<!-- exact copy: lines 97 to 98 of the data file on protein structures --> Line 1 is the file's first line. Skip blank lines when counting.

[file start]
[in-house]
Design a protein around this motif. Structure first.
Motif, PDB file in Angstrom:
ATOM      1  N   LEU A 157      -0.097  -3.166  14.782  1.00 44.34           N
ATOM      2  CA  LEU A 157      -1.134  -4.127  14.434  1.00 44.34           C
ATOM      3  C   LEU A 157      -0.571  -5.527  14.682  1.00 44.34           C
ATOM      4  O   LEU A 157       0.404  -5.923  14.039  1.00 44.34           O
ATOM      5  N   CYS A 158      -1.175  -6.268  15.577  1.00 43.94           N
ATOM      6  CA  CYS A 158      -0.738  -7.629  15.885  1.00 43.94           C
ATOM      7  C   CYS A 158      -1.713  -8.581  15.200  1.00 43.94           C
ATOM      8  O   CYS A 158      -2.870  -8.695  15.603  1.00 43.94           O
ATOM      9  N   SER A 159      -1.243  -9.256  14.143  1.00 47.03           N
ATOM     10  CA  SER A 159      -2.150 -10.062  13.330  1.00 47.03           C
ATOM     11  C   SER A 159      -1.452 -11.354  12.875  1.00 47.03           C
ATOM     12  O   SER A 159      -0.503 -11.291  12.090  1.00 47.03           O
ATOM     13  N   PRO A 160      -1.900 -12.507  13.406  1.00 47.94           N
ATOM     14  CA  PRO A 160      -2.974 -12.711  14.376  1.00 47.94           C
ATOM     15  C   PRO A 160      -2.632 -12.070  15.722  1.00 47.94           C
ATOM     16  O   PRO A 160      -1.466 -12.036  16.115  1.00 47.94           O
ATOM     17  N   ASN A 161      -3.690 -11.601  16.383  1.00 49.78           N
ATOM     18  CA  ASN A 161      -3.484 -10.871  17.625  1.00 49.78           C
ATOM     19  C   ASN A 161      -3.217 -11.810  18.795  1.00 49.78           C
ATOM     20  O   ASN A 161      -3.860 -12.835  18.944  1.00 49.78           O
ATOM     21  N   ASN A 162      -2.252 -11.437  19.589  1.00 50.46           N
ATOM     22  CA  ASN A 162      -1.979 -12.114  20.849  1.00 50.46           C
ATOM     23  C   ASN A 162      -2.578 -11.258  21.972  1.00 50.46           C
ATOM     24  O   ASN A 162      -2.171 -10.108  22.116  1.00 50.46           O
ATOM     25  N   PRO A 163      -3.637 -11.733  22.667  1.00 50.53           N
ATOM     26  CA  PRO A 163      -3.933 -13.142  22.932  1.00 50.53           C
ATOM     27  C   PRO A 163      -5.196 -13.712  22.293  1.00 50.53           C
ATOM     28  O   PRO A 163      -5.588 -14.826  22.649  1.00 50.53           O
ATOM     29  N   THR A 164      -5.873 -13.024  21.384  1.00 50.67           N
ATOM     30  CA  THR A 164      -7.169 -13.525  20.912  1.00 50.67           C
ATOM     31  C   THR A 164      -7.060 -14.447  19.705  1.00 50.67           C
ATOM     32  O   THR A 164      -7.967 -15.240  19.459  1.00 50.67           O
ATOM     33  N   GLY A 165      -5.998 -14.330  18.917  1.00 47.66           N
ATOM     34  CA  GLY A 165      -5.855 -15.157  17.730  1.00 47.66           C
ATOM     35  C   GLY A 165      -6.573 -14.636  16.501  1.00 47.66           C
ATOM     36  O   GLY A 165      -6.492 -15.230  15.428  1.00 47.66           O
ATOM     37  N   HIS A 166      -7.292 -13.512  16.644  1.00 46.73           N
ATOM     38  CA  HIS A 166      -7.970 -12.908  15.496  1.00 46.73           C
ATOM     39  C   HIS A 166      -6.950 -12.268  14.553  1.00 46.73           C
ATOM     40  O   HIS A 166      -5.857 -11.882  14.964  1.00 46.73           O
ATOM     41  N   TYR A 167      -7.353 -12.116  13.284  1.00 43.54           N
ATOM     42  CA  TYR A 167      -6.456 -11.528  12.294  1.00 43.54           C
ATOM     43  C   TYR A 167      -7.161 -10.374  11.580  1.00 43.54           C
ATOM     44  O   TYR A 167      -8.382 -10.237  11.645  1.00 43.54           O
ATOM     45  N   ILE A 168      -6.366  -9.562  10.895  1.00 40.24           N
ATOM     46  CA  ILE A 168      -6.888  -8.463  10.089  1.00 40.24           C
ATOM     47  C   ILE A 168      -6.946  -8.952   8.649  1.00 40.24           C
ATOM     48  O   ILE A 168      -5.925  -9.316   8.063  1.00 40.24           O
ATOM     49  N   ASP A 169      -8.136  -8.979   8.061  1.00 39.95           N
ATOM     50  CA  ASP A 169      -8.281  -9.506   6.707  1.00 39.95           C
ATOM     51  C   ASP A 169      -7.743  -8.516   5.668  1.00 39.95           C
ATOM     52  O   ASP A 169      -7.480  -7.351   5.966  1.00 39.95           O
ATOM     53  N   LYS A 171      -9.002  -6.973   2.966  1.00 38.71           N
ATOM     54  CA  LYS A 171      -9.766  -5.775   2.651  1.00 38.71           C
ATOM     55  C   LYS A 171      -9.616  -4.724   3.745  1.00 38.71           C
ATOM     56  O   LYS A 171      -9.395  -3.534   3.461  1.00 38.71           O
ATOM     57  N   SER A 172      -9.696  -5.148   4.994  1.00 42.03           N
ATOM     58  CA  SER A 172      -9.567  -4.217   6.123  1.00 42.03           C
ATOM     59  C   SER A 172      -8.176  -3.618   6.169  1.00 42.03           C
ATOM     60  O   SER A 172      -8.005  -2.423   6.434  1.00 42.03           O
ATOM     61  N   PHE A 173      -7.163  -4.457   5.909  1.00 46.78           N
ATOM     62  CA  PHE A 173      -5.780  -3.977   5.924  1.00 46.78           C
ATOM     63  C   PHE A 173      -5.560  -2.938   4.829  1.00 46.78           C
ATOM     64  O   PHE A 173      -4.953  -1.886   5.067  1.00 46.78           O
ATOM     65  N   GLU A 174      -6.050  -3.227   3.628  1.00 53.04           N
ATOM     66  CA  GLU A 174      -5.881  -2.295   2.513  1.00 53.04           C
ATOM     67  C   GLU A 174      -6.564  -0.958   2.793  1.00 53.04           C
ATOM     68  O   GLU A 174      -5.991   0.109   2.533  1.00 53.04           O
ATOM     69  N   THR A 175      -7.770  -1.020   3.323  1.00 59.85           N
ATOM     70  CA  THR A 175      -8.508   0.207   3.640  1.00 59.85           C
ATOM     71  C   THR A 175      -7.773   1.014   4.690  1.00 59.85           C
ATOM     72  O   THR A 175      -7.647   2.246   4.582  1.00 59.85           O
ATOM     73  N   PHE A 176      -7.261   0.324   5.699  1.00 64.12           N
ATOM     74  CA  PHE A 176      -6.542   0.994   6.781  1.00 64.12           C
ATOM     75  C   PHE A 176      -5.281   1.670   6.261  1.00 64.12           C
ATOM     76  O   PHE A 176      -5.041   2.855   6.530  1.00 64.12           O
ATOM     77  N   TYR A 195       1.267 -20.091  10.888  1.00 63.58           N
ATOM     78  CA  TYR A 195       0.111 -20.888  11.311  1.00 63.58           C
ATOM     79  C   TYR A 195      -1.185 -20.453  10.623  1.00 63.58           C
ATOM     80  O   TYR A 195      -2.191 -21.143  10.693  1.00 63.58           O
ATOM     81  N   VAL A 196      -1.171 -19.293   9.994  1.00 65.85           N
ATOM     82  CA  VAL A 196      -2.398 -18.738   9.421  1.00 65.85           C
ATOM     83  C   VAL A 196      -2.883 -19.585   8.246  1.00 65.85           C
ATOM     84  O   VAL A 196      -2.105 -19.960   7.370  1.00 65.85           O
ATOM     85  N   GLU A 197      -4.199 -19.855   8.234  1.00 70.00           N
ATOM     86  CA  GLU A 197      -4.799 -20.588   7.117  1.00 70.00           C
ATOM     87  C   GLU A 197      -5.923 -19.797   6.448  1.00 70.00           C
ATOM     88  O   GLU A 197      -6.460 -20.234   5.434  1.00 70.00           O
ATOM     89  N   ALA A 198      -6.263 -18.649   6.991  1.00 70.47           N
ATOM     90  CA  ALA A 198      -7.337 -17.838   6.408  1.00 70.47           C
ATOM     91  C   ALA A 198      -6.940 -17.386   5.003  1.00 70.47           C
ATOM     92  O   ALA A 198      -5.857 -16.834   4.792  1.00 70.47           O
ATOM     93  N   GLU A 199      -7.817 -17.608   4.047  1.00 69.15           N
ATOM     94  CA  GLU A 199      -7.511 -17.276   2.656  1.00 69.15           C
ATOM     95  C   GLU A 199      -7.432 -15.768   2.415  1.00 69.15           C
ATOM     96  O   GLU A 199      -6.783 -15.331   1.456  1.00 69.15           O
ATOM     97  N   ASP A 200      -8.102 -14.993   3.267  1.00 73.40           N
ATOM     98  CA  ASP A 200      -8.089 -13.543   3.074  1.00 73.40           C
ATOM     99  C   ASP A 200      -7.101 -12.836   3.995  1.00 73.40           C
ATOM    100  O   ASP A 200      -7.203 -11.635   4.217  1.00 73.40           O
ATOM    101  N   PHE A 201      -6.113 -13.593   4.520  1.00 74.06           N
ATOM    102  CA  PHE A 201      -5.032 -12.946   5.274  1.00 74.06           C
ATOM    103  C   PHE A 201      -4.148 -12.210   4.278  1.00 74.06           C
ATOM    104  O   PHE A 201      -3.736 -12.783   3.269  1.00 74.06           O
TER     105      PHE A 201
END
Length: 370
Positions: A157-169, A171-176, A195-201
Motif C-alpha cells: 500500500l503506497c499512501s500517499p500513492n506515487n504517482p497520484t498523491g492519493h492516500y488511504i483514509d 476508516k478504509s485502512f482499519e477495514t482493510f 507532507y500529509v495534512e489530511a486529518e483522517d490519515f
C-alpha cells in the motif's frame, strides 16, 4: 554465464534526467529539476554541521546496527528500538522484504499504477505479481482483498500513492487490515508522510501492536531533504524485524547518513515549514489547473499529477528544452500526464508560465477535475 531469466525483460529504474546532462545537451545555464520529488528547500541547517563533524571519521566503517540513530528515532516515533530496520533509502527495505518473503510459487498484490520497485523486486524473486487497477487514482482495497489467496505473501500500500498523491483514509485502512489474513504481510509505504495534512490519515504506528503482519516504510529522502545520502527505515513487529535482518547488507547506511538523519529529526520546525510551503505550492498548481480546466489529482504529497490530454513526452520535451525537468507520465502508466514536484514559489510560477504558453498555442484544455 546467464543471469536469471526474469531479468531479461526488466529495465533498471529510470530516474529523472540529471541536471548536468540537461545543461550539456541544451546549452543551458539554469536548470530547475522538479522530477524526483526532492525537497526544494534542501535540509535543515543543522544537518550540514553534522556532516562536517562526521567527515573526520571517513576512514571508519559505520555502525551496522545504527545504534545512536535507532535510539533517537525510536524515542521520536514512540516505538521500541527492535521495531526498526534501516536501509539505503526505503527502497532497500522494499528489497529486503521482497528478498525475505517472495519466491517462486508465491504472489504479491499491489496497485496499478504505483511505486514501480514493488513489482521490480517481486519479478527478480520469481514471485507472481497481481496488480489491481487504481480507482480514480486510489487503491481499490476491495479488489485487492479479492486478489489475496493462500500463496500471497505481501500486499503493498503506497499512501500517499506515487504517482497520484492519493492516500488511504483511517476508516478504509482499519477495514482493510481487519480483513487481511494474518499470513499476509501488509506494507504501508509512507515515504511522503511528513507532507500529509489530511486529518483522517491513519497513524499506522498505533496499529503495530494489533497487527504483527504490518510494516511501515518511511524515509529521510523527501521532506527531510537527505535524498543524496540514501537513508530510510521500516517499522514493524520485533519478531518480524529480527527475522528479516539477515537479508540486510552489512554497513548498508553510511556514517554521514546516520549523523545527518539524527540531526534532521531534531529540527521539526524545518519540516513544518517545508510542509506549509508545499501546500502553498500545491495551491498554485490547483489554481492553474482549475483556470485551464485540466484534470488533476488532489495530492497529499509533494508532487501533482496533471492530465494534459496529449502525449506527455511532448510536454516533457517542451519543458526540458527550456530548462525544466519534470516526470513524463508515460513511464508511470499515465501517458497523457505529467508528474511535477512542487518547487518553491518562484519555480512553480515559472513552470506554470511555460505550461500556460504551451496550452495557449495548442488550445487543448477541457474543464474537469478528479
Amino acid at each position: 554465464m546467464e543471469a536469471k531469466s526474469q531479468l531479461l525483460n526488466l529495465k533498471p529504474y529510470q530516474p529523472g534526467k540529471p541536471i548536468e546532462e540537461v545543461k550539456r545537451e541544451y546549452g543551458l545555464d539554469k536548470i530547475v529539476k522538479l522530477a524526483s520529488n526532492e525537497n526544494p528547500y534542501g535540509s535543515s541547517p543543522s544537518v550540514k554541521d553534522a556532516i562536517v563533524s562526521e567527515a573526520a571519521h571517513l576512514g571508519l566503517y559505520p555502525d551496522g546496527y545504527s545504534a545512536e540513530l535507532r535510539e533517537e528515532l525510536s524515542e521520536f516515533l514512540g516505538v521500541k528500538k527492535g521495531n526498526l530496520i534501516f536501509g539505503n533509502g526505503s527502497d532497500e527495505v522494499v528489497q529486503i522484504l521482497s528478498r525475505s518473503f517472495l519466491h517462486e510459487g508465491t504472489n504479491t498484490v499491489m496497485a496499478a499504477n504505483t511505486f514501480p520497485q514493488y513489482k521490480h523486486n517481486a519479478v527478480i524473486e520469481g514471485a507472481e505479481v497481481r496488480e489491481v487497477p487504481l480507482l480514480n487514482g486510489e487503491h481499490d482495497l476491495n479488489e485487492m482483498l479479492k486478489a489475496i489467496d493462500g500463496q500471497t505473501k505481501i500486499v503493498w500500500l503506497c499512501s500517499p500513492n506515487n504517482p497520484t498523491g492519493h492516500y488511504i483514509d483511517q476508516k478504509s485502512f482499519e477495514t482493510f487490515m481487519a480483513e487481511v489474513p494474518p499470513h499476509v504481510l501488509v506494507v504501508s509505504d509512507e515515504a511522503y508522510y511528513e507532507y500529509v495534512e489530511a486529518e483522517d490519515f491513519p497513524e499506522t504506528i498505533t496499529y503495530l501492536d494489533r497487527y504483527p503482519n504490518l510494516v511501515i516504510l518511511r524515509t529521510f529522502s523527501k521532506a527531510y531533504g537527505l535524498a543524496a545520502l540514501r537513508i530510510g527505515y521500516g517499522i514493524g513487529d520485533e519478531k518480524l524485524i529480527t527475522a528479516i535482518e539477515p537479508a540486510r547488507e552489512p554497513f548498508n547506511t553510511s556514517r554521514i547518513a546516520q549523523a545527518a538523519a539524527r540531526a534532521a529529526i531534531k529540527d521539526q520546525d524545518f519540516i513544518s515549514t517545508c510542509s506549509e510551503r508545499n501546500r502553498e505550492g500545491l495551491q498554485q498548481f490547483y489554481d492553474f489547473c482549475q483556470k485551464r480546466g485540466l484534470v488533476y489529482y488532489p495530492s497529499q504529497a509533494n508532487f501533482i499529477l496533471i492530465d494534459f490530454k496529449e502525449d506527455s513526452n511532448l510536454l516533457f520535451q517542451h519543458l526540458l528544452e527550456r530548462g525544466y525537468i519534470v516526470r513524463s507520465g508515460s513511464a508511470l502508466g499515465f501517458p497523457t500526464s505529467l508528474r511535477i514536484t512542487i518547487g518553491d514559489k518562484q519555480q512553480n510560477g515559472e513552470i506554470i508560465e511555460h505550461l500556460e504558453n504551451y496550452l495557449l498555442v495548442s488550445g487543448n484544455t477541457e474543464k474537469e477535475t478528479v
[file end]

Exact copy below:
ATOM     94  CA  GLU A 199      -7.511 -17.276   2.656  1.00 69.15           C
ATOM     95  C   GLU A 199      -7.432 -15.768   2.415  1.00 69.15           C